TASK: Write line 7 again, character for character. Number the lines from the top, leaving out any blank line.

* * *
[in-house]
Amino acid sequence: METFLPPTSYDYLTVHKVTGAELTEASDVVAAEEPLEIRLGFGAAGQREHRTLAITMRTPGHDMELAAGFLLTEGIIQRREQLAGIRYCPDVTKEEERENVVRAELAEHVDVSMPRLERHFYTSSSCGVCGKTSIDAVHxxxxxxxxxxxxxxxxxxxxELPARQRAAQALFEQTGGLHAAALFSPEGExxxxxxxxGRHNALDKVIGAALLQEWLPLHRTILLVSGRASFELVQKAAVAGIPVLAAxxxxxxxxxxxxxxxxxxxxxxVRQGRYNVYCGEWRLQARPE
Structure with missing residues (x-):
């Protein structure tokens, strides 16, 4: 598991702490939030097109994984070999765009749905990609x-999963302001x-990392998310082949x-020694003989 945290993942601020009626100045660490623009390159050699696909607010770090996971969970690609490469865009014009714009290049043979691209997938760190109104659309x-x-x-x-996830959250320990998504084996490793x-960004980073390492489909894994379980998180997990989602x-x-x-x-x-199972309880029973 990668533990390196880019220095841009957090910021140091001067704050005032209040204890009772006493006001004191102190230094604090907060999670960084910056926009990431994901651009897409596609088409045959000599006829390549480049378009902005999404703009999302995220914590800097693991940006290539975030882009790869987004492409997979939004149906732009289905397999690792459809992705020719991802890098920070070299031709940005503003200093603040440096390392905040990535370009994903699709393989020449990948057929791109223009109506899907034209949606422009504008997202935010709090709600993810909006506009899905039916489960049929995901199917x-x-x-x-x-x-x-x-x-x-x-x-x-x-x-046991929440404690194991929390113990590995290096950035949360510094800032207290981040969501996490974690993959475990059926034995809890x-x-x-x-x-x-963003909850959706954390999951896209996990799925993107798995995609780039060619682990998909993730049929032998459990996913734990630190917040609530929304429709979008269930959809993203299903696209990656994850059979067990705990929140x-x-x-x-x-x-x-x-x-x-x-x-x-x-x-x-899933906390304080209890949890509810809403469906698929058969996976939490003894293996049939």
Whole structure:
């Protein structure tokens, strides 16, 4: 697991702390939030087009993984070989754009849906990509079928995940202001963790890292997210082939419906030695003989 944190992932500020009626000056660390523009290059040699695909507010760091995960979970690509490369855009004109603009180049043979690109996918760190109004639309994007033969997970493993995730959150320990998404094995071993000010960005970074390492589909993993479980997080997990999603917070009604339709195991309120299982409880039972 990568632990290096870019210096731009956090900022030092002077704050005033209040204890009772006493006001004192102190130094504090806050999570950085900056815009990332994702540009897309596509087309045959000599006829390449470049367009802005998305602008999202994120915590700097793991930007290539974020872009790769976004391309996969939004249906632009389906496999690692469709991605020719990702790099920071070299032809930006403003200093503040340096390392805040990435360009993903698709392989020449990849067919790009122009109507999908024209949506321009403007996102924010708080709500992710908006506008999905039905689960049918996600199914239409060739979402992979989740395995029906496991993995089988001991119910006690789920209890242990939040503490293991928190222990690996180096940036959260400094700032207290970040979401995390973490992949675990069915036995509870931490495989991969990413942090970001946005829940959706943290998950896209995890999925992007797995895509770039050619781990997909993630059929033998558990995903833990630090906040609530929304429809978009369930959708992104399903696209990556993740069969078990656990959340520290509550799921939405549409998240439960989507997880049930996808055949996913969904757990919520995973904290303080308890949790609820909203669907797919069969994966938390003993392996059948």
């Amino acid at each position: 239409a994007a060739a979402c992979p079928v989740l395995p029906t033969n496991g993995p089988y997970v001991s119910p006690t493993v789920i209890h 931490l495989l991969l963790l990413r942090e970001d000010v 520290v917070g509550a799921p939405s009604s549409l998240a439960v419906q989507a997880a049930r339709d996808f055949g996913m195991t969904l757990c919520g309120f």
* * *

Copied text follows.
């Amino acid at each position: 239409a994007a060739a979402c992979p079928v989740l395995p029906t033969n496991g993995p089988y997970v001991s119910p006690t493993v789920i209890h 931490l495989l991969l963790l990413r942090e970001d000010v 520290v917070g509550a799921p939405s009604s549409l998240a439960v419906q989507a997880a049930r339709d996808f055949g996913m195991t969904l757990c919520g309120f």